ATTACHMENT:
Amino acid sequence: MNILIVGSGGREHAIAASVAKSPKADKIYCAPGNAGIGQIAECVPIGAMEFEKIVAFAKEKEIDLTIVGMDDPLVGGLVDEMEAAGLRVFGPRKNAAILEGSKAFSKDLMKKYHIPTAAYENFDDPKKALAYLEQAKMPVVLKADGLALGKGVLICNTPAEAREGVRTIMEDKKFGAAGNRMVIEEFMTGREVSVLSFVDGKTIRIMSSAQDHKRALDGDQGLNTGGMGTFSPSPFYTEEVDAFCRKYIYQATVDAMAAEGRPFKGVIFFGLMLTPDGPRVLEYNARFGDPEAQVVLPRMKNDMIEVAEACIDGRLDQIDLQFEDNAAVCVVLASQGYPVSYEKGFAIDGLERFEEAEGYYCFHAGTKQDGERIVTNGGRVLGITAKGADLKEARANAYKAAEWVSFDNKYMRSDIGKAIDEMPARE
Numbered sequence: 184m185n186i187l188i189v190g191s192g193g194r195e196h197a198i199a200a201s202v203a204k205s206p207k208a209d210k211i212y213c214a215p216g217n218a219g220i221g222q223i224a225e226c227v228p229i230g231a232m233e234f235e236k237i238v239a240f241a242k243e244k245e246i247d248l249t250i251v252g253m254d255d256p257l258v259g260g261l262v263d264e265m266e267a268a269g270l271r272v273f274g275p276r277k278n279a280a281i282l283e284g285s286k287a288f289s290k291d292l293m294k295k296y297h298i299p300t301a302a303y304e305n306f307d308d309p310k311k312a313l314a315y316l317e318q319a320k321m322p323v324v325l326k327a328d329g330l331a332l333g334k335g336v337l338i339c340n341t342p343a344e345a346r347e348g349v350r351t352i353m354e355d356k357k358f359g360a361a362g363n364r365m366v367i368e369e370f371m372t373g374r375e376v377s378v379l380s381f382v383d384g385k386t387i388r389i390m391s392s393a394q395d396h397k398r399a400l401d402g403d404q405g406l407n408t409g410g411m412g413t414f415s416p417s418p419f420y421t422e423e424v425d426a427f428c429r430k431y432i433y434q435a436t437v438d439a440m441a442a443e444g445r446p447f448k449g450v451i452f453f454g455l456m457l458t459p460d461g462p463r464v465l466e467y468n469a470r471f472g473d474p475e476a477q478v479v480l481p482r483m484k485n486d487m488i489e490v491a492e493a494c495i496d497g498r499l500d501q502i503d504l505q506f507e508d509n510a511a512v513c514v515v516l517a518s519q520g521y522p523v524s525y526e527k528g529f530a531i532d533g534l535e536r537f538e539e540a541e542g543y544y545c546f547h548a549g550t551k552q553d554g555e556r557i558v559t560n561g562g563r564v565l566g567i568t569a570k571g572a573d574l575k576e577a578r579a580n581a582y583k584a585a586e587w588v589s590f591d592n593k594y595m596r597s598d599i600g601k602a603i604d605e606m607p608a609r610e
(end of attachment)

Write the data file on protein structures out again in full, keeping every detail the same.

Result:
Amino acid sequence: MNILIVGSGGREHAIAASVAKSPKADKIYCAPGNAGIGQIAECVPIGAMEFEKIVAFAKEKEIDLTIVGMDDPLVGGLVDEMEAAGLRVFGPRKNAAILEGSKAFSKDLMKKYHIPTAAYENFDDPKKALAYLEQAKMPVVLKADGLALGKGVLICNTPAEAREGVRTIMEDKKFGAAGNRMVIEEFMTGREVSVLSFVDGKTIRIMSSAQDHKRALDGDQGLNTGGMGTFSPSPFYTEEVDAFCRKYIYQATVDAMAAEGRPFKGVIFFGLMLTPDGPRVLEYNARFGDPEAQVVLPRMKNDMIEVAEACIDGRLDQIDLQFEDNAAVCVVLASQGYPVSYEKGFAIDGLERFEEAEGYYCFHAGTKQDGERIVTNGGRVLGITAKGADLKEARANAYKAAEWVSFDNKYMRSDIGKAIDEMPARE
Numbered sequence: 184m185n186i187l188i189v190g191s192g193g194r195e196h197a198i199a200a201s202v203a204k205s206p207k208a209d210k211i212y213c214a215p216g217n218a219g220i221g222q223i224a225e226c227v228p229i230g231a232m233e234f235e236k237i238v239a240f241a242k243e244k245e246i247d248l249t250i251v252g253m254d255d256p257l258v259g260g261l262v263d264e265m266e267a268a269g270l271r272v273f274g275p276r277k278n279a280a281i282l283e284g285s286k287a288f289s290k291d292l293m294k295k296y297h298i299p300t301a302a303y304e305n306f307d308d309p310k311k312a313l314a315y316l317e318q319a320k321m322p323v324v325l326k327a328d329g330l331a332l333g334k335g336v337l338i339c340n341t342p343a344e345a346r347e348g349v350r351t352i353m354e355d356k357k358f359g360a361a362g363n364r365m366v367i368e369e370f371m372t373g374r375e376v377s378v379l380s381f382v383d384g385k386t387i388r389i390m391s392s393a394q395d396h397k398r399a400l401d402g403d404q405g406l407n408t409g410g411m412g413t414f415s416p417s418p419f420y421t422e423e424v425d426a427f428c429r430k431y432i433y434q435a436t437v438d439a440m441a442a443e444g445r446p447f448k449g450v451i452f453f454g455l456m457l458t459p460d461g462p463r464v465l466e467y468n469a470r471f472g473d474p475e476a477q478v479v480l481p482r483m484k485n486d487m488i489e490v491a492e493a494c495i496d497g498r499l500d501q502i503d504l505q506f507e508d509n510a511a512v513c514v515v516l517a518s519q520g521y522p523v524s525y526e527k528g529f530a531i532d533g534l535e536r537f538e539e540a541e542g543y544y545c546f547h548a549g550t551k552q553d554g555e556r557i558v559t560n561g562g563r564v565l566g567i568t569a570k571g572a573d574l575k576e577a578r579a580n581a582y583k584a585a586e587w588v589s590f591d592n593k594y595m596r597s598d599i600g601k602a603i604d605e606m607p608a609r610e